Often, people entering detox are malnourished and dehydrated – many drugs and alcohol may cause dehydration. And, it's very common for addicts to neglect their physical health, like eating healthy foods and having a balanced diet or getting enough water to drink. Detox clients are given intravenous fluids for hydration. This IV port may also be used for intravenous medication that prevents seizures or dangerously elevated heart rate.
The first few days after an addict decides to seek treatment and get sober are the most critical. Detox is a painful process physically, emotionally, and mentally, and people who try to detox on their own may be so uncomfortable that they go back to using or drinking so that the withdrawal symptoms go away. So, detox centers strive to make their clients as comfortable as possible, with compassionate nurses and caregivers who ensure that clients have nutritious meals, plenty of water, and medication as necessary while they detox.

What Can I Expect During Detox?

Detox helps ease your physical withdrawal symptoms and clears your mind so that you can start the work of healing your addiction. When you arrive, expect to be tested for the presence of drugs or alcohol. You'll also have a health evaluation, including checking your withdrawal symptoms so the treatment team can determine which medications and how much to give you. You'll be weighed and have your height measured so the nurses can determine the correct dosage for medication. And, expect to have your belongings searched on arrival.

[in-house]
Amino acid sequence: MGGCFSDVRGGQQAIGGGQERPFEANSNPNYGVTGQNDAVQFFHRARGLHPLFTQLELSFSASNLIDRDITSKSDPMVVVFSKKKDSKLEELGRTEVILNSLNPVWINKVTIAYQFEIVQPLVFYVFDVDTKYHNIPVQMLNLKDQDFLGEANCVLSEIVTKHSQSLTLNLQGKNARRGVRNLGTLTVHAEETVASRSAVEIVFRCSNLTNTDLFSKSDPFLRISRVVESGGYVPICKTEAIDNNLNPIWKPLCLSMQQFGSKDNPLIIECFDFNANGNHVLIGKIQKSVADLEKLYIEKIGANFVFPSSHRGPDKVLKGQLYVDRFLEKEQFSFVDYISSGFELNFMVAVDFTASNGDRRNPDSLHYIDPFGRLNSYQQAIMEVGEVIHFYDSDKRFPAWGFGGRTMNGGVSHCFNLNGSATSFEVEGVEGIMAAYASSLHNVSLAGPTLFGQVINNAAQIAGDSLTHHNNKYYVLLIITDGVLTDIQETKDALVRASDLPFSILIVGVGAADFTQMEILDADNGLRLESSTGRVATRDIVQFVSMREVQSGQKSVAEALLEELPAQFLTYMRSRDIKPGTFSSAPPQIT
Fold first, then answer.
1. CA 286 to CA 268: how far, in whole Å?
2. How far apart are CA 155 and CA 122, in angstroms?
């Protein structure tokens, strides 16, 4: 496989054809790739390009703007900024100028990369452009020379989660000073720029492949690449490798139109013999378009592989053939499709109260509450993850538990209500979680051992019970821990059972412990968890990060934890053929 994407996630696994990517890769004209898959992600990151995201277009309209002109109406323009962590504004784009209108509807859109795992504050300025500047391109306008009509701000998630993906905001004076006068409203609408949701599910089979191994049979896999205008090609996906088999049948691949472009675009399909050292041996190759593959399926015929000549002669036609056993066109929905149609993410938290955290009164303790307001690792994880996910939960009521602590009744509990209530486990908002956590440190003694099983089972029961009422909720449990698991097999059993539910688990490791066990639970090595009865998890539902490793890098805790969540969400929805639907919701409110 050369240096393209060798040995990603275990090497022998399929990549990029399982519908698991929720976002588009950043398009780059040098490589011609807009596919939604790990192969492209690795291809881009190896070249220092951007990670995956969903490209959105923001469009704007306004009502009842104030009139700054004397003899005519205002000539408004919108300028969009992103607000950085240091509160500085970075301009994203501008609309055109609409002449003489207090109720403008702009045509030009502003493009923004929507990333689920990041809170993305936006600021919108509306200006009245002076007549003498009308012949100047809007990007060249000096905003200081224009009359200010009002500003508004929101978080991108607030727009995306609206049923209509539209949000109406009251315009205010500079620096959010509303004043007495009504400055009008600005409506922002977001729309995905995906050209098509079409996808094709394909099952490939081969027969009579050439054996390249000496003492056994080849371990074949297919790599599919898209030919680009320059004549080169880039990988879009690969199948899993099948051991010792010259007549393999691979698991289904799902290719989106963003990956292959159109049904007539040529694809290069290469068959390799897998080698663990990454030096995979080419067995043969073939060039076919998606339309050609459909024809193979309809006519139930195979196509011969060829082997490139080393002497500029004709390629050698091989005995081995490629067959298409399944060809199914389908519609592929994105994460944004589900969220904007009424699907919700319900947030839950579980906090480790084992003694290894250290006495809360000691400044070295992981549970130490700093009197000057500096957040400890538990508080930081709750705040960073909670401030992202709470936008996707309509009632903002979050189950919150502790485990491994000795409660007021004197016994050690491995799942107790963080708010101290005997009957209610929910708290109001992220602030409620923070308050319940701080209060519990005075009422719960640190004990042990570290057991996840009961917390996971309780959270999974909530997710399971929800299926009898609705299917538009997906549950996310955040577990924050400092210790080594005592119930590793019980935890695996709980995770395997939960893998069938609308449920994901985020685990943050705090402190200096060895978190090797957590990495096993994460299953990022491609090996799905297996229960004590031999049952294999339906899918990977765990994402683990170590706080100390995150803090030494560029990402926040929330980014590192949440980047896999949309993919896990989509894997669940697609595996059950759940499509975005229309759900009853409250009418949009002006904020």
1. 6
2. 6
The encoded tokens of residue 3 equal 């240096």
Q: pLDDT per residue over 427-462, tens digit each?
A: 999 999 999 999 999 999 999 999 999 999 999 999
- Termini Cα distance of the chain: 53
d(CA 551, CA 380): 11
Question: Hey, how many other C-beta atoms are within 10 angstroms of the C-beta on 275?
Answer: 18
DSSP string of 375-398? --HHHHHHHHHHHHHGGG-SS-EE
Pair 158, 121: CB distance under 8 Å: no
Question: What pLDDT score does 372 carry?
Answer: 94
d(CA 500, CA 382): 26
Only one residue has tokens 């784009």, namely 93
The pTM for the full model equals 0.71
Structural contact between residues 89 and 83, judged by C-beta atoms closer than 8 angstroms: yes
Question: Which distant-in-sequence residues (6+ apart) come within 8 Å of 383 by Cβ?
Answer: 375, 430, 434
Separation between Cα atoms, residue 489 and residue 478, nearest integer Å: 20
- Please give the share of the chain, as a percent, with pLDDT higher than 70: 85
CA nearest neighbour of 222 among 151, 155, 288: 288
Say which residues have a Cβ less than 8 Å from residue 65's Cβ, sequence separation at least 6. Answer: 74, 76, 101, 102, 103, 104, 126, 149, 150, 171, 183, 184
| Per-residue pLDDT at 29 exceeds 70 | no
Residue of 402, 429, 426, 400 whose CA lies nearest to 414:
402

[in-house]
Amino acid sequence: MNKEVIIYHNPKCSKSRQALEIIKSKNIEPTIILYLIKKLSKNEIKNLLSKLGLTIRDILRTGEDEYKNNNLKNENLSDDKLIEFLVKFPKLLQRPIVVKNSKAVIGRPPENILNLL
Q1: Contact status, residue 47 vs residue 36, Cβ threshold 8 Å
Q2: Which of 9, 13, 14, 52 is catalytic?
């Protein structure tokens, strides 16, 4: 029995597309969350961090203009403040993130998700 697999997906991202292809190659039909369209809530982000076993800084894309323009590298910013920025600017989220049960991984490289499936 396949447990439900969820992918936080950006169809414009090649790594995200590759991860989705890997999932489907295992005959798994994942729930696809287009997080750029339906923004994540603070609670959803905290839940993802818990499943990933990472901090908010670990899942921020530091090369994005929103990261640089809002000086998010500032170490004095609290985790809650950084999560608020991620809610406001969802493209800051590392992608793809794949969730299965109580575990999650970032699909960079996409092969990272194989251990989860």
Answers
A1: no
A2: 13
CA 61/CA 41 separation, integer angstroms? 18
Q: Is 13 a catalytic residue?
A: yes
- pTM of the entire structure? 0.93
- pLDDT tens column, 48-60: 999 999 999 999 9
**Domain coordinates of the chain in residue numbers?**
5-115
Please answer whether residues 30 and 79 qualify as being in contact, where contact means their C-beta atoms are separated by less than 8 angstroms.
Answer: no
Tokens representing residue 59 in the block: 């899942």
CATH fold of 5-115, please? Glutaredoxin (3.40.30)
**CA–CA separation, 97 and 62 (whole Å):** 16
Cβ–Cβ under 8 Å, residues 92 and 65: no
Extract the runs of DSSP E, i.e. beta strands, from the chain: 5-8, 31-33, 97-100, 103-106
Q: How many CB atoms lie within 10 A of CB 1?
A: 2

Each facility will have regulations about what you may bring, including your access to a phone or computer. Some may allow vaping or smoking, while others are vape and tobacco-free facilities. Once you've had your initial health screening and are escorted to your room, you will probably have an IV and a medication port.
Most detox centers last from 72 hours to a week, depending on the severity of your addiction. You'll receive nutritious meals while there and be allowed to rest and sleep as much as you need. However, because detox centers are medical care facilities, you'll have regular check-ins from nurses and fast medical care in an emergency.
Your job, while in detox, is to concentrate on physical healing. It's okay to be vulnerable and ask for help – your caregivers specialize in addiction recovery and understand how taxing both physically and mentally the process is.